Motherhood

Motherhood.

I awoke at 3:00 this morning…wide awake. Taking a peek at the clocm, I realized immediately it was my late mother’s birthday. And I couldn’t go back to sleep. The same thing happened to me on the first anniversary of her passing. I couldn’t sleep.

As I lay in bed, my brain started going crazy. That’s rare for me. I’m a person who can hit the pillow and fall asleep. Usually, when I wake up, I simply roll over and go back to sleep…many times a night, in fact. But this morning, at 3:00, I could not go back to sleep. I started thinking about my mother and how much she loved being a mother. Then I started thinking about how much I love being a mother. I truly believe it is the right job for me, and it’s certainly the single most important job I’ve ever done. I’ve certainly given it my all…just as I learned to do from my own mother, who gave us her all. She was a registered nurse by trade, but in her heart, what she always wanted to do was be a mom. And she was a damn good one. She would drop anything to help us or our friends. She made sure we were exposed to different cultures, different places, and different experiences. She volunteered at school and our extracurricular activities. She prepared meals and snacks for us and any of our friends who showed up at our house…all the time. Clearly, I did a lot of thinking last night.

After all that thinking, it occurred to me that our daughter will be a full-time resident of our home for less than a year. This time next year, she likely will be a few weeks into her first semester of college. It’s exciting for her, and it’s exciting for us. But until she goes off to college, I want to continue being a full-time mother, the best job in the world. I’m sure there are people out there who think it’s not important, but for me, absolutely nothing is more important.

And because I realized at that moment that my full-time mom career will be coming to an end when she goes to college, I needed to be closer to her. Sounds weird, but at that moment, I just needed to be “mommy” in the middle of the night again, so I went upstairs and crawled into bed with her. She stirred a little before rolling over and asking, “What are you doing here?” I explained how I was feeling, and she gave me a big hug and told me to stay the rest of the night. So I did. She intertwined her feet with mine like she did when she was a little girl, what we used to call “tucking in” her feet. She held my hand, more for my sake than her own, and we both fell fast asleep.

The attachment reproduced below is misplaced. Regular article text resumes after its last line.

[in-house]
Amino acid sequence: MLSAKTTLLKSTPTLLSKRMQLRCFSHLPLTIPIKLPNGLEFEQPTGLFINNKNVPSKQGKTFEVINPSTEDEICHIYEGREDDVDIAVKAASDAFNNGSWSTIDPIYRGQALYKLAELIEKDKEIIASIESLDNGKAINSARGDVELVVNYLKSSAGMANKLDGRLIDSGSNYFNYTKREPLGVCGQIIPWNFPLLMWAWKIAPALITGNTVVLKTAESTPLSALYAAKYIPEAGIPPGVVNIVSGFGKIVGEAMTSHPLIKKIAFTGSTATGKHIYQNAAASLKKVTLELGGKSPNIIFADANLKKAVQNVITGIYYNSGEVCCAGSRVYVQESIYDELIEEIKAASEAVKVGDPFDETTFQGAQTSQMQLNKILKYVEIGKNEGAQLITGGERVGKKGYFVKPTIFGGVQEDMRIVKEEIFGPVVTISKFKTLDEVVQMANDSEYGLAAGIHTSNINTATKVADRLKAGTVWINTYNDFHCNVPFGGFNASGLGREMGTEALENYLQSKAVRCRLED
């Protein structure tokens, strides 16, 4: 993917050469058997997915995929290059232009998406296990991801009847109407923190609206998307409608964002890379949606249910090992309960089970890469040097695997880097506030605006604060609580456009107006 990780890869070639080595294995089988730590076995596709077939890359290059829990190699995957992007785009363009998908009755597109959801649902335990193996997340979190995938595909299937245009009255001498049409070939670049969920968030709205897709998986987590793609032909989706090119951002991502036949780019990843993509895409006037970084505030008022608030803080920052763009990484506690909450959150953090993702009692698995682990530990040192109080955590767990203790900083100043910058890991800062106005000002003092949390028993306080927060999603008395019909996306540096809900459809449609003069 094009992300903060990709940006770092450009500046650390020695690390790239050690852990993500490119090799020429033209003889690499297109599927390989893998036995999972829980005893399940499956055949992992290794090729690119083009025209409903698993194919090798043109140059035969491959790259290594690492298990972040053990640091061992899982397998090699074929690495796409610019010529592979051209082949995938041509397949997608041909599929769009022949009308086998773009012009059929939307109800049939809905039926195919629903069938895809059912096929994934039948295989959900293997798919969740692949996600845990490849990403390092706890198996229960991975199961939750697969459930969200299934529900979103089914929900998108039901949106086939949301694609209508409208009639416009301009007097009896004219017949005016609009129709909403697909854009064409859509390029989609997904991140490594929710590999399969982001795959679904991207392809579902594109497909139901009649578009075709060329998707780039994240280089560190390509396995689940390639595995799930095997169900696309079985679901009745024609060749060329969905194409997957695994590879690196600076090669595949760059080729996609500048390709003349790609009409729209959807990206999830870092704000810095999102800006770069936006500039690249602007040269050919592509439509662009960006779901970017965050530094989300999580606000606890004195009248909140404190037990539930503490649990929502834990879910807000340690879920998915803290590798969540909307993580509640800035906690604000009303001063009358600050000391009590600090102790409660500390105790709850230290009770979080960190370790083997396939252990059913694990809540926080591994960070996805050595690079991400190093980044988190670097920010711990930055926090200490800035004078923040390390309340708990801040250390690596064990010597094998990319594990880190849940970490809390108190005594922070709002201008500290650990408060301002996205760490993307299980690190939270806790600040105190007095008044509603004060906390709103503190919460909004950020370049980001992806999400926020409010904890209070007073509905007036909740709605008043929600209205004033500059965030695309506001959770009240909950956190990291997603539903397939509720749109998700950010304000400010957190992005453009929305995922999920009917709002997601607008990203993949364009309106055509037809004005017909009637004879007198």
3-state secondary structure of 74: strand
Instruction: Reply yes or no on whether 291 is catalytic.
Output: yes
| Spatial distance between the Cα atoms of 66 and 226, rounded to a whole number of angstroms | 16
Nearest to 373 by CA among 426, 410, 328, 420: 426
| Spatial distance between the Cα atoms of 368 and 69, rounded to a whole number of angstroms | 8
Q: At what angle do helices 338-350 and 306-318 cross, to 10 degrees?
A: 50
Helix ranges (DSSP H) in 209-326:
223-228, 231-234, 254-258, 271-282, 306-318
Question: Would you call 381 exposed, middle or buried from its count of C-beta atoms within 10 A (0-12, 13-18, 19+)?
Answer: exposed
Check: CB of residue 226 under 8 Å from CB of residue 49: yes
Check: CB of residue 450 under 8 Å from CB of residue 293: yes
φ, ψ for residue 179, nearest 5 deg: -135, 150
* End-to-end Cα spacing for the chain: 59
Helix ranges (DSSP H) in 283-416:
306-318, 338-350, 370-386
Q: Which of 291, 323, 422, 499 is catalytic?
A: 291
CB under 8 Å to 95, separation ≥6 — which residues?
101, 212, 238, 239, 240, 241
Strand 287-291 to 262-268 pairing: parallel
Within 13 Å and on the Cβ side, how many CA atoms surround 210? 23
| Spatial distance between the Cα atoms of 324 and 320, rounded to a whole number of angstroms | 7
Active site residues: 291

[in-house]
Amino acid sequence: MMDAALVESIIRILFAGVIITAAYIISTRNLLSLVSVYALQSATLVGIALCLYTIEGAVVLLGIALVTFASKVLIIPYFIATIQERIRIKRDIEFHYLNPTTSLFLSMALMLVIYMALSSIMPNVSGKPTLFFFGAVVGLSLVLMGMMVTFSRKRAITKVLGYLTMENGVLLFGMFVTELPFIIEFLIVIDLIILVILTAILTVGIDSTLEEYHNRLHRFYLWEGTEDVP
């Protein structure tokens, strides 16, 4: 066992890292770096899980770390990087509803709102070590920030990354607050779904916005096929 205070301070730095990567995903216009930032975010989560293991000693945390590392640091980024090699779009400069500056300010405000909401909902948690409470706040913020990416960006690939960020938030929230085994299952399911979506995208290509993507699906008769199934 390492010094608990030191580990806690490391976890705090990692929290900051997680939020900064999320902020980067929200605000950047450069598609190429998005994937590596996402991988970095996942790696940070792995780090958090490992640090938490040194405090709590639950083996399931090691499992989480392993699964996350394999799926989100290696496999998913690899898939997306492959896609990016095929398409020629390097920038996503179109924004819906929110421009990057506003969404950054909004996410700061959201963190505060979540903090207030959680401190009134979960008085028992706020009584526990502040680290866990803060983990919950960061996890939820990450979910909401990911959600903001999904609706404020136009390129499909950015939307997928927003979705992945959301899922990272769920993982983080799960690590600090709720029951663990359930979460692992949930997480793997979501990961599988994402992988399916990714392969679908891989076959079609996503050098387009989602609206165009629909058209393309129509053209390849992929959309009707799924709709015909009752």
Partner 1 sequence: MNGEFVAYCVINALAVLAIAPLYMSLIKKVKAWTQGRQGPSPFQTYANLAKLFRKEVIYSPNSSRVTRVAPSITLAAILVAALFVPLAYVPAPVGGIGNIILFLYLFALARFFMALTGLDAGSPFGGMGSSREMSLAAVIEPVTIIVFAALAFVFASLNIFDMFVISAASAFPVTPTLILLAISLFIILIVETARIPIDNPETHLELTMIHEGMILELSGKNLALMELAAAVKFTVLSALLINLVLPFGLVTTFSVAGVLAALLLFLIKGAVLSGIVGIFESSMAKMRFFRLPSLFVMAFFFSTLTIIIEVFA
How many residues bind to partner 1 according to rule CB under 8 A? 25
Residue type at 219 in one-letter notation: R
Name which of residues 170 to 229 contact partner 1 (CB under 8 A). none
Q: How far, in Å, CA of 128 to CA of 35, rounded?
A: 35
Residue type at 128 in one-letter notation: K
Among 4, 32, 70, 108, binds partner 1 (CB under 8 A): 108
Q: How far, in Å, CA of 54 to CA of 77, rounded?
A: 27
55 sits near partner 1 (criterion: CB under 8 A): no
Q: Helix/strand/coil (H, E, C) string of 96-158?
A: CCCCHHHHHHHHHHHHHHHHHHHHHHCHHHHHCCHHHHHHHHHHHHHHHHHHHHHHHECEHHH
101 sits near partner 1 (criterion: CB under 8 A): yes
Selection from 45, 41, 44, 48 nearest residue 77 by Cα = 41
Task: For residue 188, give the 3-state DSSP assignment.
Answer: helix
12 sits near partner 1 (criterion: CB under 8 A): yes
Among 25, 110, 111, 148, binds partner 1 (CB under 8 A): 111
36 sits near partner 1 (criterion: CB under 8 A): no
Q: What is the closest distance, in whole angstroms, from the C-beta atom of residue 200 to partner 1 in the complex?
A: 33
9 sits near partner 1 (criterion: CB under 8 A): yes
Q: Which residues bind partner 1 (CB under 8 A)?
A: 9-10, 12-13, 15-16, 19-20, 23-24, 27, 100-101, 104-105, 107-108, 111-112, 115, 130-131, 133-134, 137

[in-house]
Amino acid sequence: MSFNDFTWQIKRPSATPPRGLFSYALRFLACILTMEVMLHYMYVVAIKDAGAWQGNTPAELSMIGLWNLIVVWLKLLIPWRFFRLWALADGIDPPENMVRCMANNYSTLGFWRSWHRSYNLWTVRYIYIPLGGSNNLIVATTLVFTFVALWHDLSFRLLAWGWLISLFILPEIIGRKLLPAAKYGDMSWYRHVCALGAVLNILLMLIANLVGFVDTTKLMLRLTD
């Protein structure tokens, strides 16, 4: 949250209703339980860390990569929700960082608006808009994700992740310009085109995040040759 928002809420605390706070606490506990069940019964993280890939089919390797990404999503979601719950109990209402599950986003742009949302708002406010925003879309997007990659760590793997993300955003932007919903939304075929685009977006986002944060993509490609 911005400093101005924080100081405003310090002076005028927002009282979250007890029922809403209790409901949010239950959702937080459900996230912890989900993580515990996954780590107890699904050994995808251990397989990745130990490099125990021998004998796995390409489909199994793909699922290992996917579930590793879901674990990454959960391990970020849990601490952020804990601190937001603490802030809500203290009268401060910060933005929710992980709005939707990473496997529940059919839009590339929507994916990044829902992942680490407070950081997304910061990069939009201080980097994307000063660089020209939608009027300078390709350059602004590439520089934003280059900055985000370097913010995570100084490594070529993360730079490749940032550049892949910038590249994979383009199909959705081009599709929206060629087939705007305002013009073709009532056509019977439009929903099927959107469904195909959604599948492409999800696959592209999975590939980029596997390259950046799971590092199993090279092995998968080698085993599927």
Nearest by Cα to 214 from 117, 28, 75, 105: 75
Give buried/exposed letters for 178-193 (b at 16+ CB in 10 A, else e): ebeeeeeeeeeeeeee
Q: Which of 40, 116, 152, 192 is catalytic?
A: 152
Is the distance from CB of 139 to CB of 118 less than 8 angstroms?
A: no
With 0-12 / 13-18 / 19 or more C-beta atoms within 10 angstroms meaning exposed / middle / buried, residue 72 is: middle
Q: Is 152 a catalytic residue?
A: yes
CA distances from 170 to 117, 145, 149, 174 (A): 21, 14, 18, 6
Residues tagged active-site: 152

My own mother was always there for us in the middle of the night. Bad dream? I’d wake up Mother. Thirsty? I’d wake up Mother. Simply didn’t want to be the only one awake at night? I’d walk into her room and wake up Mother, asking her to go to the kitchen with me. We would sit there while I drank a little water. She likely had a cup of coffee…yes, she drank coffee in the middle of the night. It wasn’t that I needed water…I really just needed my mother. Last night, I guess I just needed to be a mother.

For years, our daughter would call for me in the middle of the night if she woke up. Or if she had a bad dream. Or if she didn’t feel well. Or if she just needed Mommy. At 17, she doesn’t do that anymore. Rarely, if she isn’t feeling well, she will call downstairs for me to come up. And on those nights, I do whatever it takes to make her feel better…a cold compress or warm compress, Motrin, Drip Drop (a rehydrating beverage), or just rub her feet or knees (growing pains). While I never want her to feel badly, I’m always happy to go up and help her.

She’s still my baby, and I’m still a full-time mom…for less than or year or so, anyway…just like my mother was to me. Today, on what should have been Mother’s 82nd birthday, I’ll be taking bottled water to my daughter’s cheerleading squad at the away football game…just like my mother used to do. And after I get home from the football game, I’ll have a little cocktail and make a toast to Mother’s birthday.

Happy Heavenly Birthday to Mother.

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